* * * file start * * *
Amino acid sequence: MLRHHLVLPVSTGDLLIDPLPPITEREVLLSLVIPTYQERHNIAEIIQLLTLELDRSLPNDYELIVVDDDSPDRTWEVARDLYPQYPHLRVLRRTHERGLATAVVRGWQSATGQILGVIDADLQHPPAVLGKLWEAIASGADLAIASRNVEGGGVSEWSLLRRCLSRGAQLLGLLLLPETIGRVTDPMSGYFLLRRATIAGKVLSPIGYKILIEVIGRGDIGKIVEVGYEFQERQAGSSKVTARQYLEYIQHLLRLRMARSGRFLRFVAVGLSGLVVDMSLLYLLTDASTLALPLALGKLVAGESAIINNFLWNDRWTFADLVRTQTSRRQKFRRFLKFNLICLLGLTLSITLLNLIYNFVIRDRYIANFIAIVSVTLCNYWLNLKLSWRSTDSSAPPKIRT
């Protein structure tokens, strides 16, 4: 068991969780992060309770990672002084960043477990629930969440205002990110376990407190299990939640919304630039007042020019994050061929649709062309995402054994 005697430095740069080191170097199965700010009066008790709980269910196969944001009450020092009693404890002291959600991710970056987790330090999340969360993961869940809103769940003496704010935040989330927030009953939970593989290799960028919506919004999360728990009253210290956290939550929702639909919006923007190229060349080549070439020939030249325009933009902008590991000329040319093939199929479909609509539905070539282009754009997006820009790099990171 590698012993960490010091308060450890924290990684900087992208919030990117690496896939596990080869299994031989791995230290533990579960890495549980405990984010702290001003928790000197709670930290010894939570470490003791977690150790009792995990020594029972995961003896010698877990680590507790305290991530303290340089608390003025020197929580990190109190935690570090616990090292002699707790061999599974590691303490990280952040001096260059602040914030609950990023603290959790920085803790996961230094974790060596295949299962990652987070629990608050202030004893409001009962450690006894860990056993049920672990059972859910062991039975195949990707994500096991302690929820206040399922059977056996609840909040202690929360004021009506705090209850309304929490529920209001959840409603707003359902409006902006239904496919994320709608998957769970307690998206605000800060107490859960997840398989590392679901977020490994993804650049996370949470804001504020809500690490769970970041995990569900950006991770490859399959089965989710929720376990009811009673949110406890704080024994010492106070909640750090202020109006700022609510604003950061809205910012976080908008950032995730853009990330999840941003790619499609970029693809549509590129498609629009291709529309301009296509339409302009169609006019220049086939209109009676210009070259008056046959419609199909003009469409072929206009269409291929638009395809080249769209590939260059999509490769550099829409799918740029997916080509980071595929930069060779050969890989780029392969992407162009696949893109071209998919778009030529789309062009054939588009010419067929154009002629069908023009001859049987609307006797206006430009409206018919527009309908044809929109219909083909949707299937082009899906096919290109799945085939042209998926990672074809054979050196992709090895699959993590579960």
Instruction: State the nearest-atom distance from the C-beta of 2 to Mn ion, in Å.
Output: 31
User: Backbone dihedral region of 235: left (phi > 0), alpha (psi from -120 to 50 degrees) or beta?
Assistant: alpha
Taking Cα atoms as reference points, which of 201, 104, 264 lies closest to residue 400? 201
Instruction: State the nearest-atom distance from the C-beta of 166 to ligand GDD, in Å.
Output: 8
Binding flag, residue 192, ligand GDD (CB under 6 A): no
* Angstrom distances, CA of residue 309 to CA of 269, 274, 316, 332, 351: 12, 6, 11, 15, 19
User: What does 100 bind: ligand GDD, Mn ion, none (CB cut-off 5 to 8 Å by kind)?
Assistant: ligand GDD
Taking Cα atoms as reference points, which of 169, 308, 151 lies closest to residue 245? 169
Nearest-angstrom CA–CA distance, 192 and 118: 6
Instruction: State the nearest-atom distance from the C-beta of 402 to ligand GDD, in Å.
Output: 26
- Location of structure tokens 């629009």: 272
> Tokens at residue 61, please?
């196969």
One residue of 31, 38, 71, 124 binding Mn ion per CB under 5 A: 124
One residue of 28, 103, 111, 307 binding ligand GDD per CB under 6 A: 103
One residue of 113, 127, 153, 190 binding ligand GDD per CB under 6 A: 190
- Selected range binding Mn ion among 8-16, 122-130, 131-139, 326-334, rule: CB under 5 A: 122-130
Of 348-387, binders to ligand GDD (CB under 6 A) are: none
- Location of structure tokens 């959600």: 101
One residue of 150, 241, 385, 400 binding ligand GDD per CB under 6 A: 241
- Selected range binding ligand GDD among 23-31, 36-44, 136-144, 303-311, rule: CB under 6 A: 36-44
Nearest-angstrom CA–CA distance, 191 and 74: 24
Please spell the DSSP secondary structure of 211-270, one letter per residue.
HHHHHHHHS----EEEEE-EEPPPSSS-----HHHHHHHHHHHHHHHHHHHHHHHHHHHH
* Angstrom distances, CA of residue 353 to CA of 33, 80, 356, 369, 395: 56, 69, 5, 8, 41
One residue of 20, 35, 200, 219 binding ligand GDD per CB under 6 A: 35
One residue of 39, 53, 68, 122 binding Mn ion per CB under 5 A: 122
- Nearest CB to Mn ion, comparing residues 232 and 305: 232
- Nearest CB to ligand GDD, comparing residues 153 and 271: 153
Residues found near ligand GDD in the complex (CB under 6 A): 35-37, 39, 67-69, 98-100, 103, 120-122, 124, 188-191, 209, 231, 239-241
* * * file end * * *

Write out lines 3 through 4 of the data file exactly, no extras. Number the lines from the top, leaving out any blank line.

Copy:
Instruction: State the nearest-atom distance from the C-beta of 2 to Mn ion, in Å.
Output: 31